If a city adopts an ordinance banning pesticide use, golf coursesuperintendents at publicly-owned golf courses will not be able to usechemical pesticides to maintain the golf course. The municipality willbe faced with the cumbersome task of dealing with harmful pests inways that are usually much more expensive and much less effective thanusing Integrated Pest Management (IPM). This puts the golf course at agreat disadvantage—when the quality of the course deteriorates golferswill not play at the course and the city will lose valuable revenue.
Bans on pesticide use by local governments can also be precursors toefforts to totally ban the use of all pesticides in the community—including applications by private citizens to their homes and lawns,applications to commercial property, privately owned golf courses,sports fields and other recreational facilities.Why Bans Are Unnecessary
Pesticides are designed to maintain the health and safety of humans aswell as plants and animals. Golf course superintendents monitor theirproperty to identify pests, then use IPM to evaluate all possiblecontrol options and select the proper pest management methods.
Properly used pesticides applied in accordance to label directionspose no risk to human health. Golf course superintendents are trainedin the safe and proper use of pesticides and must pass a state-administered examination to be a licensed pesticide applicator.Healthy turf allows communities to enjoy many benefits, includingcrucial "greenspaces" and sanctuaries for birds and other wildlife,recreational opportunities, and municipal revenue generated by outdoorrecreational facilities.
What You Can Do
If your city is considering a ban on the use of pesticides, here'swhat you can do:
Contact local lawmakers and talk with them about the proposed ban.Invite them to tour the golf course with you.
• On the tour, explain and demonstrate the environmental practicesyou use to ensure that pesticides are used safely and effectively.
• Explain Integrated Pest Management (IPM) and how it is used on thegolf course.
Contact the GCSAA department of information and public policy at (800)472-7878, ext. 3610, or e-mail Carrie Riordan, director of informationand public policy, for help in putting together a grassroots lobbyingplan to address the ordinance.
http://www.gcsaa.org/cm/contentm/modules/display_dynamic.ahtml?params=MSw3MzgsMDAwMDUuMDAwMDAuMDAwMDUuMDAwMDE= Blog Gadgets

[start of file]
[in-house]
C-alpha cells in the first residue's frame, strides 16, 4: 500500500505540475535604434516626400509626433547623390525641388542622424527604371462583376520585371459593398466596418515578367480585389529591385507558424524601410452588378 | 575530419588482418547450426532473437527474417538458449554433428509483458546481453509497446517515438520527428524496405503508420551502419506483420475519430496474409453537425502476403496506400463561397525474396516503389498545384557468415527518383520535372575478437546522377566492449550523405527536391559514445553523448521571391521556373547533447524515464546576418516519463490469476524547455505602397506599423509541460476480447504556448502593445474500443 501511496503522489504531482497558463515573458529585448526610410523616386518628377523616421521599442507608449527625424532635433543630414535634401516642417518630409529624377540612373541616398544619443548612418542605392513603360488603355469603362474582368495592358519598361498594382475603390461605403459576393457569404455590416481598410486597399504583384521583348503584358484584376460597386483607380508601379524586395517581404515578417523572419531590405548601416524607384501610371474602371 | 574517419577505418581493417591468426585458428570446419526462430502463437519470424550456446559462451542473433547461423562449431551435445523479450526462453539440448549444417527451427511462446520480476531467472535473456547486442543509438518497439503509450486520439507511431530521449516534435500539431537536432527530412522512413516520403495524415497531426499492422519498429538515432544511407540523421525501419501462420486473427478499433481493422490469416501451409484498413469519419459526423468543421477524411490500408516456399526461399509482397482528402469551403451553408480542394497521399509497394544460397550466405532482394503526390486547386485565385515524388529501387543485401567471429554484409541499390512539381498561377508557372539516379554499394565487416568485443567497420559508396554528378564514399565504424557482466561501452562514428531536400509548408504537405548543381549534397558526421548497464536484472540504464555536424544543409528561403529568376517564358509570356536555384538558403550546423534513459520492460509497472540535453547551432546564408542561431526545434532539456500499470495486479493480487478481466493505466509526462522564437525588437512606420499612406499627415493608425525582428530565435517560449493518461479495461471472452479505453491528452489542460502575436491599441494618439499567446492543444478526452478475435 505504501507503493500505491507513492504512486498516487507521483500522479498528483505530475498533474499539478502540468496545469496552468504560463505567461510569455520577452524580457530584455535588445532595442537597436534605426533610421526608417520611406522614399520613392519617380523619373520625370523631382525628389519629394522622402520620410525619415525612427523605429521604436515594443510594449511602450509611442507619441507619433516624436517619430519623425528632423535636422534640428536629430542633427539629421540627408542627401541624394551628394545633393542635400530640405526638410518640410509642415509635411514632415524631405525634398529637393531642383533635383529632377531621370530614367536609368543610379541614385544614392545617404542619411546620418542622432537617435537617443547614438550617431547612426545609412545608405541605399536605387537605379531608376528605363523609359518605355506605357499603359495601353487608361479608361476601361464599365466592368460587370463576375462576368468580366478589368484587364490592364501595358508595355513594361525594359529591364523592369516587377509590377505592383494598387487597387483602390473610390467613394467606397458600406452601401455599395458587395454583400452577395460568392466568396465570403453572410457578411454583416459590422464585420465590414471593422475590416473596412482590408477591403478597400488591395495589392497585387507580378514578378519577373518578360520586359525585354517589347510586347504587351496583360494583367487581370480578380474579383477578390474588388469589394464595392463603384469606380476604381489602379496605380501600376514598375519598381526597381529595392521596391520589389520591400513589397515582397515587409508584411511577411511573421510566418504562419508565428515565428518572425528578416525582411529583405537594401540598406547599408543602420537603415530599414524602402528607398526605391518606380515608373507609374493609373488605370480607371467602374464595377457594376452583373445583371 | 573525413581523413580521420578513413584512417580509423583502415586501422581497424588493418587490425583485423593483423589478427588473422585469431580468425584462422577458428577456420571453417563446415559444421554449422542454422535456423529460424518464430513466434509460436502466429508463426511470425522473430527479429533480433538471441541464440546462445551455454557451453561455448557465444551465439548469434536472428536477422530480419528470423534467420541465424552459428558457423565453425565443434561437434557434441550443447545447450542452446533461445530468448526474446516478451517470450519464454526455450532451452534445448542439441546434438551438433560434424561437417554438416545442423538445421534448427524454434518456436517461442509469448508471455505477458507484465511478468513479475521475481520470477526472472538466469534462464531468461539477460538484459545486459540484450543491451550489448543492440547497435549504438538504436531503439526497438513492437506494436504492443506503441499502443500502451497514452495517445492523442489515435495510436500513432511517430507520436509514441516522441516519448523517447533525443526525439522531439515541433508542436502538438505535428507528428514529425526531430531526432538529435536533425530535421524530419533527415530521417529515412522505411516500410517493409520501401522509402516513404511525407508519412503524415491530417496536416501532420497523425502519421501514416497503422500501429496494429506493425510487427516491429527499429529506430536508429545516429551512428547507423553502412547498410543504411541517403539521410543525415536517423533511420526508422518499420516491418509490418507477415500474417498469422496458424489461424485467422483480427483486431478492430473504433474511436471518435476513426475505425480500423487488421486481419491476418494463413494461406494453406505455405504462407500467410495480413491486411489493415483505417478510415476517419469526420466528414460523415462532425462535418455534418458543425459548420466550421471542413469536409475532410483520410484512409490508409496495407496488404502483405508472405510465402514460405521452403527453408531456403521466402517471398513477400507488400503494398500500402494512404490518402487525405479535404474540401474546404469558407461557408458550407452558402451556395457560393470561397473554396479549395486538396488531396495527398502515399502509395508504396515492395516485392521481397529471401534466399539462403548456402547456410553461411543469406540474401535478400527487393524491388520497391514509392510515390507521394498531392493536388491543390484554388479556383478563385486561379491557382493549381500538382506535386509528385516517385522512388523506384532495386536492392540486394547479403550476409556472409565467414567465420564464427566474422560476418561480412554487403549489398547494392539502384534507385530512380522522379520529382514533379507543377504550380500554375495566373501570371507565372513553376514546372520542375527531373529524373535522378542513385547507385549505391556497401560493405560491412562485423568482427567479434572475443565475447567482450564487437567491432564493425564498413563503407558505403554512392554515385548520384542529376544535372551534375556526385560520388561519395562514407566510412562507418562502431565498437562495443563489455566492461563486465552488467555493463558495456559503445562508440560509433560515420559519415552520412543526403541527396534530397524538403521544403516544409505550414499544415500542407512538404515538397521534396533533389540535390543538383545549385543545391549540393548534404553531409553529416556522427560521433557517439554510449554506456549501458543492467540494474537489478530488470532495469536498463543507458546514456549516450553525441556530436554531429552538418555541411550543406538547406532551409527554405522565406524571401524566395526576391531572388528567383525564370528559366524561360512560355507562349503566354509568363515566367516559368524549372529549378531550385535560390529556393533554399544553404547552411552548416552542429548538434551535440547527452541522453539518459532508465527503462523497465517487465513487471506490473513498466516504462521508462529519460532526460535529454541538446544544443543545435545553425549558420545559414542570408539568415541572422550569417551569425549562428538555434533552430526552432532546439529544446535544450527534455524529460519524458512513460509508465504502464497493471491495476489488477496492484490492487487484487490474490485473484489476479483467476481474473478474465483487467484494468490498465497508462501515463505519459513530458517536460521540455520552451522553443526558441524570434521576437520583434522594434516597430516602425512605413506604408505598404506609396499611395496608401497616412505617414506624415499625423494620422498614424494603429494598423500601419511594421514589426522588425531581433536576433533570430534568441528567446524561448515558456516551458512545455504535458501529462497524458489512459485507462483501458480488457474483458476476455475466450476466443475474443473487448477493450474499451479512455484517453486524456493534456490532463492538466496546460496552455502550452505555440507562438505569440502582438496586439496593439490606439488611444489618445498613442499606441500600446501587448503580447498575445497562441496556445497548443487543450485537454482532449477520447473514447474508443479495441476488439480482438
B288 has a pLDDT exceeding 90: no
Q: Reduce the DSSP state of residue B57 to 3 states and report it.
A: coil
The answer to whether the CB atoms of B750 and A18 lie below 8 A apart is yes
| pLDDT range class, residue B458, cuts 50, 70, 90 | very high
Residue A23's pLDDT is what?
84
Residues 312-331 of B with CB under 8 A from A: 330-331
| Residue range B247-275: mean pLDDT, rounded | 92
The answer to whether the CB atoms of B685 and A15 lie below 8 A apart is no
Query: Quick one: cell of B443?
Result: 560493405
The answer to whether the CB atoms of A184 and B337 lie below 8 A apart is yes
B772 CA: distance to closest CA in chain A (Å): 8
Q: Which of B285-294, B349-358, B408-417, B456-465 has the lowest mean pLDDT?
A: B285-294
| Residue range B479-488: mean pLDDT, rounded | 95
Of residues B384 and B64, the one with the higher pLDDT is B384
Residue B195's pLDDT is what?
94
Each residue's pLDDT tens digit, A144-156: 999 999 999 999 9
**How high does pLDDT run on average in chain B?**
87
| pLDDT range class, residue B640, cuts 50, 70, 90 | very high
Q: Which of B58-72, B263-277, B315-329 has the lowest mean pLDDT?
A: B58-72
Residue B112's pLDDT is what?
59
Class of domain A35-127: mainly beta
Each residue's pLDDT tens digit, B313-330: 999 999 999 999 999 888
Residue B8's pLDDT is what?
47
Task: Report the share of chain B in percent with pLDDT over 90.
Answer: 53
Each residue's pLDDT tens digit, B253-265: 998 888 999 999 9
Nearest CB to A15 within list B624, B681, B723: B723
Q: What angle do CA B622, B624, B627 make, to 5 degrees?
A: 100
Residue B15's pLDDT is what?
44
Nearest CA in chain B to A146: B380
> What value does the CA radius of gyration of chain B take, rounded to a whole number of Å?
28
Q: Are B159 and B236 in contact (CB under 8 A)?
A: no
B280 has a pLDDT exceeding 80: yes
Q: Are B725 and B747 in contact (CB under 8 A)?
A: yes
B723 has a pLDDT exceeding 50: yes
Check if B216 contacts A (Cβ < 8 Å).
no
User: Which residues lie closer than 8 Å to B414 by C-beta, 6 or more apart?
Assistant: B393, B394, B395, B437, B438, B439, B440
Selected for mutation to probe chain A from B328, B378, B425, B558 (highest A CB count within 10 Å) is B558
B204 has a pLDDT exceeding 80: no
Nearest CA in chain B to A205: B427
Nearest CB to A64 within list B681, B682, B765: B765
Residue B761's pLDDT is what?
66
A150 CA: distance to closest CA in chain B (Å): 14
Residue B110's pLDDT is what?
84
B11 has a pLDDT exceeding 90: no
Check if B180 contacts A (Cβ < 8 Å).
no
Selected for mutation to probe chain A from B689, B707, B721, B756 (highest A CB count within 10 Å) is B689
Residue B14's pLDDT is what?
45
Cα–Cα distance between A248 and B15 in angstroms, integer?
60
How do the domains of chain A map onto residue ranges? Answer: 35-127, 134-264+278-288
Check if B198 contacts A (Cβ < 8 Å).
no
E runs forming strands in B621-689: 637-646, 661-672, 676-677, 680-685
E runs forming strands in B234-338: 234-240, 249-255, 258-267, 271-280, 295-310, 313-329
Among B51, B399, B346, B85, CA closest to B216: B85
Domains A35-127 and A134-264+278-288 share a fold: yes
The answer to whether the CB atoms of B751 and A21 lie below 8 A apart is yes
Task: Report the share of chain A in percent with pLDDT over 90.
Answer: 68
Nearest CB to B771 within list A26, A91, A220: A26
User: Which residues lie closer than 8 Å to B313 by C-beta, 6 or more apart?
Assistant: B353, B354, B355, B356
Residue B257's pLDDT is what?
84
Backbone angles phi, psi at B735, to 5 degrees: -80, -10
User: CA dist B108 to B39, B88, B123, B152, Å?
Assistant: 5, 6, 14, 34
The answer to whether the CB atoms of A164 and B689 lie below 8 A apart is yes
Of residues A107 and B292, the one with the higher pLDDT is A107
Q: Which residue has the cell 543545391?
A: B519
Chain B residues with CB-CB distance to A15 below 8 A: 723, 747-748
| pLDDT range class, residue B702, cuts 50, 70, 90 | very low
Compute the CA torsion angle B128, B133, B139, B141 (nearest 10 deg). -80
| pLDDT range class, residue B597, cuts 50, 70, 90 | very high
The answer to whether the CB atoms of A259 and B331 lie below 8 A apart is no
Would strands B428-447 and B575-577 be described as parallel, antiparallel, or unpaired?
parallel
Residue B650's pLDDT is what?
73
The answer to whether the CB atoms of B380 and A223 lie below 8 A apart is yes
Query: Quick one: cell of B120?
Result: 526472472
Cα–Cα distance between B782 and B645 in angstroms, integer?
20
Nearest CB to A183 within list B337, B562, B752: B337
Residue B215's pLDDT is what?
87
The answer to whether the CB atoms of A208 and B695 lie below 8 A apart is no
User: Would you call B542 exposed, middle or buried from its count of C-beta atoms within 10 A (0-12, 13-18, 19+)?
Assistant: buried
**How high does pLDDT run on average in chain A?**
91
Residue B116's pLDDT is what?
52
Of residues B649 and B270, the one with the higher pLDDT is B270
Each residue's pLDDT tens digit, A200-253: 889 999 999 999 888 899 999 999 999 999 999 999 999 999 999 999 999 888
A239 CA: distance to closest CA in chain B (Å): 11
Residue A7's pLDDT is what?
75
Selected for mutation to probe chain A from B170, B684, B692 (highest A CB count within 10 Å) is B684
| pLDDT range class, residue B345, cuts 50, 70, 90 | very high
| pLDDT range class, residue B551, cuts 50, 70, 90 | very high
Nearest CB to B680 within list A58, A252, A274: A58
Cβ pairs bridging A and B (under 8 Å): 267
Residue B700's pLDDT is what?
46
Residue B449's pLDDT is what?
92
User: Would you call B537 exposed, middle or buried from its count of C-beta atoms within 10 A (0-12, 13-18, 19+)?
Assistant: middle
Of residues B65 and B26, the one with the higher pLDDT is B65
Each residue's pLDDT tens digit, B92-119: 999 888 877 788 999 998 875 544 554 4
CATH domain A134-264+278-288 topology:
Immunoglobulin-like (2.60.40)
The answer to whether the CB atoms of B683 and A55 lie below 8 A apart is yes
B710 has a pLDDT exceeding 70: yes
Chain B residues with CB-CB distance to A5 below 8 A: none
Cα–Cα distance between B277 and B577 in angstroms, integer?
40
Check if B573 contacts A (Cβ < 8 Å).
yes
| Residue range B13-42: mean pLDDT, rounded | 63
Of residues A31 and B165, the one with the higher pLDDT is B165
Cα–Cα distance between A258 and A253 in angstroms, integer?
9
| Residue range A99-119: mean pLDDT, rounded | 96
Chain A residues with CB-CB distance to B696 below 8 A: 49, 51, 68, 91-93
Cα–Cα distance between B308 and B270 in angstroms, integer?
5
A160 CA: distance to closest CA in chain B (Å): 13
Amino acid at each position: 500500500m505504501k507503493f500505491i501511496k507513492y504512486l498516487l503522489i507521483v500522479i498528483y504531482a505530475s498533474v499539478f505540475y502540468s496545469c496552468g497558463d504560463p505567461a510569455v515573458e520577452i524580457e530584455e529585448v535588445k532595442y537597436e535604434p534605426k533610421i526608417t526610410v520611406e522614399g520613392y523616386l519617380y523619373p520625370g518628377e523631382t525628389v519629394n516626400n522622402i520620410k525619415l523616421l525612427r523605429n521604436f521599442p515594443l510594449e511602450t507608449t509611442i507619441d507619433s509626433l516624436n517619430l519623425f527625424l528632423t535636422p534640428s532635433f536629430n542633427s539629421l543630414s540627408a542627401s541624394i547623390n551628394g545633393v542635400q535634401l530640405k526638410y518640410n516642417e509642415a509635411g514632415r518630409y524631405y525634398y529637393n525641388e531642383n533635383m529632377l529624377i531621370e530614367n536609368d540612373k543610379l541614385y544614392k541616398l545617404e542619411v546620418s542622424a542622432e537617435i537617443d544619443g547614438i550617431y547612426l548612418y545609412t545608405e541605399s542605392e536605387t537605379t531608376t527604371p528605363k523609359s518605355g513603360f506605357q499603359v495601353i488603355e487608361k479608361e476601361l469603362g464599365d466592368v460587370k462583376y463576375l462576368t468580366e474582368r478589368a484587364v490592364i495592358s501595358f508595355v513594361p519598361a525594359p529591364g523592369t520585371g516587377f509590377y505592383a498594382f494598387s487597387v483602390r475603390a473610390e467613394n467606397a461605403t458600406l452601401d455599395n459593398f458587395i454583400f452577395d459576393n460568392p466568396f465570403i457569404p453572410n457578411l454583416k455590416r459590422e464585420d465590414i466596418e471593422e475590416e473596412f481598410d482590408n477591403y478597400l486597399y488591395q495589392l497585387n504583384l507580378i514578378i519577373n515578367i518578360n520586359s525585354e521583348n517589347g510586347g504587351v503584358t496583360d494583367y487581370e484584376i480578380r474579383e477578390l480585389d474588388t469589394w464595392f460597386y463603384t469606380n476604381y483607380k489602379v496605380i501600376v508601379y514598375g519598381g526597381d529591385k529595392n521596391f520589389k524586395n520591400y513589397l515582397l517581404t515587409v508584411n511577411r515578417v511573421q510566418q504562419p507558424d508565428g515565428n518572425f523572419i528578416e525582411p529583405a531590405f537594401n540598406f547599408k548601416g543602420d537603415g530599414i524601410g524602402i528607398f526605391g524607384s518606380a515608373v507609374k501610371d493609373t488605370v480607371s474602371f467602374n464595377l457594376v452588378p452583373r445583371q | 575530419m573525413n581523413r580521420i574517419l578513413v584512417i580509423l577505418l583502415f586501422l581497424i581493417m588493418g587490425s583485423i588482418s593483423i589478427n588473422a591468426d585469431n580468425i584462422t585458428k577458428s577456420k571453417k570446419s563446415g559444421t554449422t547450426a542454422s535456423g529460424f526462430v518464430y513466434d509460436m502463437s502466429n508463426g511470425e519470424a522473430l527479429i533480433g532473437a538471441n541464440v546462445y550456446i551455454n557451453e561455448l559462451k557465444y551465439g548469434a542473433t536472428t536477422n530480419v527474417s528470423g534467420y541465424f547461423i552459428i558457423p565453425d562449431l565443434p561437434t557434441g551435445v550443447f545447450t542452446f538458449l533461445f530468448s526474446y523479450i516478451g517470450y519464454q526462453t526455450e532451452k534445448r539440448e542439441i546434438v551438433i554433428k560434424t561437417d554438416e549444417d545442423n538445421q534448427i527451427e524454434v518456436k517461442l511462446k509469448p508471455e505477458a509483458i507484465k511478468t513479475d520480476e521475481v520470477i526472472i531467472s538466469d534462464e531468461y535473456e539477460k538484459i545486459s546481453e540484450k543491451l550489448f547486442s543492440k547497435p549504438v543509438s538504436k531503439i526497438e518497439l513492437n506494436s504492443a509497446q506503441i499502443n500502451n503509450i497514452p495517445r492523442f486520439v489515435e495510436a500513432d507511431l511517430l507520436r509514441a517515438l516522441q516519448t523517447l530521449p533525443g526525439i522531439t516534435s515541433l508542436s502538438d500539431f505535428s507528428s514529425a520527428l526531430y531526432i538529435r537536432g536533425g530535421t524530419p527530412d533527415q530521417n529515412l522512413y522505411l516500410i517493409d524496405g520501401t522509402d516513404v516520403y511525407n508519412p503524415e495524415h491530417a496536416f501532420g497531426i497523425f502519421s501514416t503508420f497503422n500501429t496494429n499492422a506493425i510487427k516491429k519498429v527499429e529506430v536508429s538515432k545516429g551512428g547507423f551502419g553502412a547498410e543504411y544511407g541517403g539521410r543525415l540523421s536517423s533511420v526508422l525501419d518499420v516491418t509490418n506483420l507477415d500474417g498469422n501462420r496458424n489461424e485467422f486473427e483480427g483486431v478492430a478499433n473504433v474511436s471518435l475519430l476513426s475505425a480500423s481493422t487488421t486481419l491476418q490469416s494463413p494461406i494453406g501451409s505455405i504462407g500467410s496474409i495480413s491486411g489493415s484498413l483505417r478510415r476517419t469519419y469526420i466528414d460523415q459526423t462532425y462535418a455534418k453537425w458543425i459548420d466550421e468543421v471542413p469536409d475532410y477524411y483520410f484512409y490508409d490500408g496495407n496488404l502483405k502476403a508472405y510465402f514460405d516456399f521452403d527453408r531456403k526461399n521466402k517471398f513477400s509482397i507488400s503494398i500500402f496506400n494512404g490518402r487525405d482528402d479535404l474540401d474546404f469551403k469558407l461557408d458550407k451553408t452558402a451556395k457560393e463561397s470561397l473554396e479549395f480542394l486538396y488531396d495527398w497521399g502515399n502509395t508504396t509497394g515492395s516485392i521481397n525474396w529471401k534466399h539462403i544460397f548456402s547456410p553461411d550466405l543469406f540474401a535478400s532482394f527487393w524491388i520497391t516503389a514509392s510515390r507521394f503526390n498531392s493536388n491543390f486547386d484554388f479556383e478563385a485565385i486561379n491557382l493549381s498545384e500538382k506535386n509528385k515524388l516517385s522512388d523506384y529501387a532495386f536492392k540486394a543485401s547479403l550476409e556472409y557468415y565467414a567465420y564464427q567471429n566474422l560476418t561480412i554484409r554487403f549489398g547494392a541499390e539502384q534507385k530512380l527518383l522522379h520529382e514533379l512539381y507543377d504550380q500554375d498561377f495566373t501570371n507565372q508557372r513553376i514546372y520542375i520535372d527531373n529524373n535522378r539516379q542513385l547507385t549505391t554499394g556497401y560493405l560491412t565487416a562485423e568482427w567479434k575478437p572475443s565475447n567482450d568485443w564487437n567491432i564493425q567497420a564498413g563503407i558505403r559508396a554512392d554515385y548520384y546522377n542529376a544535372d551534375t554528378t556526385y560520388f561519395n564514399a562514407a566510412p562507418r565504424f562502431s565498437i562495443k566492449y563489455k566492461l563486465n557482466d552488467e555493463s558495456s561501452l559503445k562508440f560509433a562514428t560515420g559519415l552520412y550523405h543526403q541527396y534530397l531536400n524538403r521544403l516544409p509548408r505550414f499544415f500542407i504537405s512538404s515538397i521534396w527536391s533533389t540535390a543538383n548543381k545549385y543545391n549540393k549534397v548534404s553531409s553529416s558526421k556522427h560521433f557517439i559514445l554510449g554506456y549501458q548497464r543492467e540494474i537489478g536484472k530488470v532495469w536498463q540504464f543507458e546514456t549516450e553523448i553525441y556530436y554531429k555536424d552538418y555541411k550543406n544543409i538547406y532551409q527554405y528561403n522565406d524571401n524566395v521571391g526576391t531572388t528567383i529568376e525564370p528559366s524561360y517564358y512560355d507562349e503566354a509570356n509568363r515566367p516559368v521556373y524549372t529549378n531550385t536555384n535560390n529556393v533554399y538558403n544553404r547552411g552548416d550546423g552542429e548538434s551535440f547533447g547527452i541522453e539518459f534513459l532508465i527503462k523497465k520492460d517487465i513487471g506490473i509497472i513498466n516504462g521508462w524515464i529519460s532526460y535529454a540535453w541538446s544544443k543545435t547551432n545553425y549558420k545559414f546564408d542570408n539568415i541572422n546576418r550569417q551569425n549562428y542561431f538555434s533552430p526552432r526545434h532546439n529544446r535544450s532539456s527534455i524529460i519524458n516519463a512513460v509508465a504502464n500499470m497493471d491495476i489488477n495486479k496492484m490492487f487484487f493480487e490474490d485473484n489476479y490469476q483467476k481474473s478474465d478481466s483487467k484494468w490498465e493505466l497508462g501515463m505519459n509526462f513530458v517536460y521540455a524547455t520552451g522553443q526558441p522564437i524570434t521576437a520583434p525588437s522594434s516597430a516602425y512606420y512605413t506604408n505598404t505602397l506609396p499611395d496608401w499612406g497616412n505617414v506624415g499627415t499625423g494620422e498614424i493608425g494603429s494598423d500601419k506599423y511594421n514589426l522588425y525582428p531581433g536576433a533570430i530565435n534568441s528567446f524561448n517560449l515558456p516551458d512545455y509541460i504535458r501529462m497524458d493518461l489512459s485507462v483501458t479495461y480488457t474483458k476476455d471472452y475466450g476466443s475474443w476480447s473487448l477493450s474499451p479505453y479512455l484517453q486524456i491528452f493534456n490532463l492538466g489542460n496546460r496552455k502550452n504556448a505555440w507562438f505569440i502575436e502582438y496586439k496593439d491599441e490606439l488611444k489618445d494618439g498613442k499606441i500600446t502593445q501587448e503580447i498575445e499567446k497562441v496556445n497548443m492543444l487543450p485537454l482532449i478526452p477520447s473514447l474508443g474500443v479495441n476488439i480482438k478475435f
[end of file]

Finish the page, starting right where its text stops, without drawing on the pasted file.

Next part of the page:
St. John's Daily Spray Advisory
My Past Articles
More enforcement needed for pesticide spray regulations
The Western Star (Corner Brook) - Final - 10-01-2002 - 413 words
Karen Griffin - Judie Squires says someone needs to patrol the companies that spray residential areas for pesticides because she's observed nine violations of the Environmental Protection Act in her Paradise neighborhood alone…
Spray woes: Province falling down on monitoring pesticides
The Telegram (
Judie Squires - environment to become poisoned? A temporary ban on all residential pesticides has to be put into place, to protect us, our wildlife and our environment as a whole. Judie Squires
Government lax on cosmetic pesticide regulation: advocate
The Telegram (
Stokes Sullivan, Deana - Despite increased awareness about adverse health effects from pesticides, Judie Squires, a member of the Pesticide Working Group of
Woman doesn't expect cosmetic pesticide ban any time soon
The Western Star (Corner Brook) - 08-30-2004 - 712 words
Stokes Sullivan, Deana - Despite increased awareness about adverse health effects from pesticides, Judie Squires, a member of the Pesticide Working Group of Newfoundland and Labrador, isn't optimistic that the province will ban the…
Province lagging behind in pesticide control
The Telegram (
Squires, Judie - it to do is to prohibit the cosmetic use of synthetic pesticides altogether in order to protect our citizens and the environment. Judie Squires writes from Portugal Cove-St. Philip's…
The two sides to pesticide use
The Telegram (
Judie Squires - health of your families. When
Inquiry implicates BTk
The Telegram (
DEANA STOKES SULLIVAN - of trees. The live spores can be inhaled by humans and animals exposed to BT. Judie Squires, secretary of the Northeast Avalon Group of the Sierra Club, says despite claims that…
Delayed pesticide laws 'disappointing'
The Telegram (
DEANA STOKES SULLIVAN - at the end of this year. These products will only be sold to certified dealers. Judie Squires, secretary of the newly formed Northeast Avalon Group of the Sierra Club, isn't…
Above Articles available through Trancontinental Newsnet
Time for provincial lawn pesticide regulation
The Telegram (
pesticides. Please join me in lobbying our province for a pesticide ban Judie Squires Portugal Cove...